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Verizon emphasizes the optical control plane and 100G

07 June 2012
 
Verizon has unveiled plans for what it calls “the network of the future”.  The operator says it will build a new optical control plane technology into its global network infrastructure and deploy 100G coherent wavelengths in its metro networks.
 
To expand its control plane capabilities, Verizon is deploying the 5430 Reconfigurable Switching System from Ciena. This platform features advanced Optical Transport Network (OTN) aggregation and switching software to provide transparent wavelength services with higher bit rates and greater availability than conventional SONET networks, according to the vendor.
 
Verizon began to deploy a mesh network in 2006, using the additional routes to provide automatic restoration of traffic in the event of multiple breaks or disruptions.  The new control plane functionality will further simplify network operations and enable near real-time provisioning of certain new circuits, the company says.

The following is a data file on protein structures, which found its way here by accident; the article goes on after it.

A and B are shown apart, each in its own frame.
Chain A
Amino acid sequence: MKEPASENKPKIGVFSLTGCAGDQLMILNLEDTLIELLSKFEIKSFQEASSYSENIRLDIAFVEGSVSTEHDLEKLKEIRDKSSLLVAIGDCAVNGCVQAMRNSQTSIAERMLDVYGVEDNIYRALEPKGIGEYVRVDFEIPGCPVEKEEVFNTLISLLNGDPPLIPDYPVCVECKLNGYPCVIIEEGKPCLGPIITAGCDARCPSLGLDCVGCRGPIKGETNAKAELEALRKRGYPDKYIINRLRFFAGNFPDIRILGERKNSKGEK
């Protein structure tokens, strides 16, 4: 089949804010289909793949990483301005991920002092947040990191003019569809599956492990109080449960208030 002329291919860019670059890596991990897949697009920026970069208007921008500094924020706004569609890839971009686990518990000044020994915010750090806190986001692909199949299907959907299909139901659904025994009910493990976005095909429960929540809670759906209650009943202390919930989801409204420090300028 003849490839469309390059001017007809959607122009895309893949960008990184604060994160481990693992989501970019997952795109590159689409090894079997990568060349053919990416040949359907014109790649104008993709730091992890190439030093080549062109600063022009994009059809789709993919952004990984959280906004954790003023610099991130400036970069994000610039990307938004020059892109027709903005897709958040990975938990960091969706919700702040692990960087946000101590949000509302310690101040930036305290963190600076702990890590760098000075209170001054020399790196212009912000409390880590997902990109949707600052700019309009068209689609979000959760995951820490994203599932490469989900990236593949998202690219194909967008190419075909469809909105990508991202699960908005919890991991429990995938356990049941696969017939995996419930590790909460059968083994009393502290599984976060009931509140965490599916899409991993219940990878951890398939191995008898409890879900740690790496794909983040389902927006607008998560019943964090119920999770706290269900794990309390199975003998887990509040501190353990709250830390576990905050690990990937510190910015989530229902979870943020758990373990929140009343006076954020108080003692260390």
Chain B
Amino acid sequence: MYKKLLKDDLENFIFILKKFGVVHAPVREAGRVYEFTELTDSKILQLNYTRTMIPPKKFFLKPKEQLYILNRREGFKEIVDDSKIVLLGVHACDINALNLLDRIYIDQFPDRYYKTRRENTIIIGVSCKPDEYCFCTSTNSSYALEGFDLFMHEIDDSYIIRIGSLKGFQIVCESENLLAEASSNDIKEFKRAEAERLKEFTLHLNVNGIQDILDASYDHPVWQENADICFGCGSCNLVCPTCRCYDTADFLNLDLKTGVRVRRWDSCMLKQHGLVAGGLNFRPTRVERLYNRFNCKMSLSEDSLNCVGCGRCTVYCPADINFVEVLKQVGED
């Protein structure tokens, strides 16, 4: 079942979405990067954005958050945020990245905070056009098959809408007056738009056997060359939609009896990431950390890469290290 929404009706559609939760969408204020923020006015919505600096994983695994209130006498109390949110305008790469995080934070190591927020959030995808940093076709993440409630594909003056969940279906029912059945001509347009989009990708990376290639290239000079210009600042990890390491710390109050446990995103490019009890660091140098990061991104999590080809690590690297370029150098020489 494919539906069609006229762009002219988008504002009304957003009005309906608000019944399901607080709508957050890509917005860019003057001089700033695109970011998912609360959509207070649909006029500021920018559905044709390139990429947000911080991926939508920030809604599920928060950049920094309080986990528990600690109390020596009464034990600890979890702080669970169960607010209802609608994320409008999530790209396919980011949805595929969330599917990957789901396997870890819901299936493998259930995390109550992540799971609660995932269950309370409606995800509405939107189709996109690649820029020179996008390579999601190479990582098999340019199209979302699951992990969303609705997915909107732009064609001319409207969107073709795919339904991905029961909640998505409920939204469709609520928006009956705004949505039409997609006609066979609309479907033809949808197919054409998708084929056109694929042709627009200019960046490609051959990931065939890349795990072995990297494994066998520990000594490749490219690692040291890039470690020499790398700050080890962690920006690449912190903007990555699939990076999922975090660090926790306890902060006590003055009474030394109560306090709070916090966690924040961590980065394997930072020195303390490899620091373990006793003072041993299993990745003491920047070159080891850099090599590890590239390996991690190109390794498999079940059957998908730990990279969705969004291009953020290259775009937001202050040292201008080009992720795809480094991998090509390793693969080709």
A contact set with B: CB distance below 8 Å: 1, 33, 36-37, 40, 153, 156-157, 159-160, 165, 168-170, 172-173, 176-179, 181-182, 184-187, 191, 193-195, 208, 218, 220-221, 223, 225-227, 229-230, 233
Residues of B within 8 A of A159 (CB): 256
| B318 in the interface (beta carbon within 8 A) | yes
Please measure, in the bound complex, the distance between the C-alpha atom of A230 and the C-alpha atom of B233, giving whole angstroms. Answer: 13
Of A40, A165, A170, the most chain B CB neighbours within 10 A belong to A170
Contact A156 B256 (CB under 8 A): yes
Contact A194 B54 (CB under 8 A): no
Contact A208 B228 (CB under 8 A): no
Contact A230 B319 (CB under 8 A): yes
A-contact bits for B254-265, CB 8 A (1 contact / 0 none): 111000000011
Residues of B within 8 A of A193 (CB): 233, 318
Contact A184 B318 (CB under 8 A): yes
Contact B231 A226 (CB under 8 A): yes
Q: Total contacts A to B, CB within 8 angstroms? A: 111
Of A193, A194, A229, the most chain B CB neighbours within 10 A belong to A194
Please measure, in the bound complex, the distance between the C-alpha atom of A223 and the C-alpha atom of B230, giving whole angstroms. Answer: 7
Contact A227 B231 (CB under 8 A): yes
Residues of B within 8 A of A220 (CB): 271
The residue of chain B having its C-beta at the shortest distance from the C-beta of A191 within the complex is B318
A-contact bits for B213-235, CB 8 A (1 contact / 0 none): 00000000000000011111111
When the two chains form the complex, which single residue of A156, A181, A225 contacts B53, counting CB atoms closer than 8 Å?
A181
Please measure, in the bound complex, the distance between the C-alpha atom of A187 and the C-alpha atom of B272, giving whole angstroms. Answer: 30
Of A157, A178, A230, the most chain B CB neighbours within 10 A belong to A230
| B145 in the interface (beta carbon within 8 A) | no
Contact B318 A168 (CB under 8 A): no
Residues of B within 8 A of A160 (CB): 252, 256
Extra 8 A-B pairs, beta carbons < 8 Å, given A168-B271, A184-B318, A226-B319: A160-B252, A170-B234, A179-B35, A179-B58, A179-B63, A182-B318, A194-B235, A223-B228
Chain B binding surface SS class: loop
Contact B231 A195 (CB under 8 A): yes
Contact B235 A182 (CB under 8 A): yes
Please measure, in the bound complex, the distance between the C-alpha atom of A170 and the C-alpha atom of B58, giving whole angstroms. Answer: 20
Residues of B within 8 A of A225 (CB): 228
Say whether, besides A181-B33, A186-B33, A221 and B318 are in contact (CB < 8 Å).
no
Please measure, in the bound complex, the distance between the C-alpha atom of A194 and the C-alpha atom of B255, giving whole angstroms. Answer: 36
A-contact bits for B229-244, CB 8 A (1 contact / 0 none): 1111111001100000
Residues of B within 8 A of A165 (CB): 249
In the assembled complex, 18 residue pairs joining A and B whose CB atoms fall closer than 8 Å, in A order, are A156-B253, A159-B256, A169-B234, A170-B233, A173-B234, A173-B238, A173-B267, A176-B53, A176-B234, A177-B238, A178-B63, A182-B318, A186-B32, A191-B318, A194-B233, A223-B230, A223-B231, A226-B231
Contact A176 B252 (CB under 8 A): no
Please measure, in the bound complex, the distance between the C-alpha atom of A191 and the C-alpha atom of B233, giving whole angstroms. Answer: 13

The control plane has recently emerged as a critical area of differentiation for operators choosing a supplier.  According to a global service provider survey from Infonetics Research published last November, control plane features were named as one of the three most important aspects when evaluating a supplier, surprisingly often ranking ahead of price.
 
Verizon also confirmed its intention to roll out 100G coherent technology more widely, as it had previously suggested in its presentation at the OFC/NFOEC Executive Forum in March.  The operator says it will start deploying 100G technology in metro networks around the world during the first half of 2013.
 
Interestingly, Verizon plans to use dual-polarization quadrature phase-shift keying (DP-QPSK) modulation with coherent detection – the technology of choice for long-haul networks – rather than one of the direct-detection alternatives that have been developed for the metro market (see Metro 100G direct detection gains momentum). This represents a second helping of good news for Ciena, which is Verizon’s primary supplier of 100G technology.
 
"By combining our expanded control plane capabilities with extended 100G technology, Verizon is building the network of the future," said Ihab Tarazi, vice president of global IP and transport planning and technology for Verizon. "It's no longer about miles and scope. It's about leveraging strategies that further enable us to deliver the promise of cloud-based and mobility-enabled industry solutions."
 
By Pauline Rigby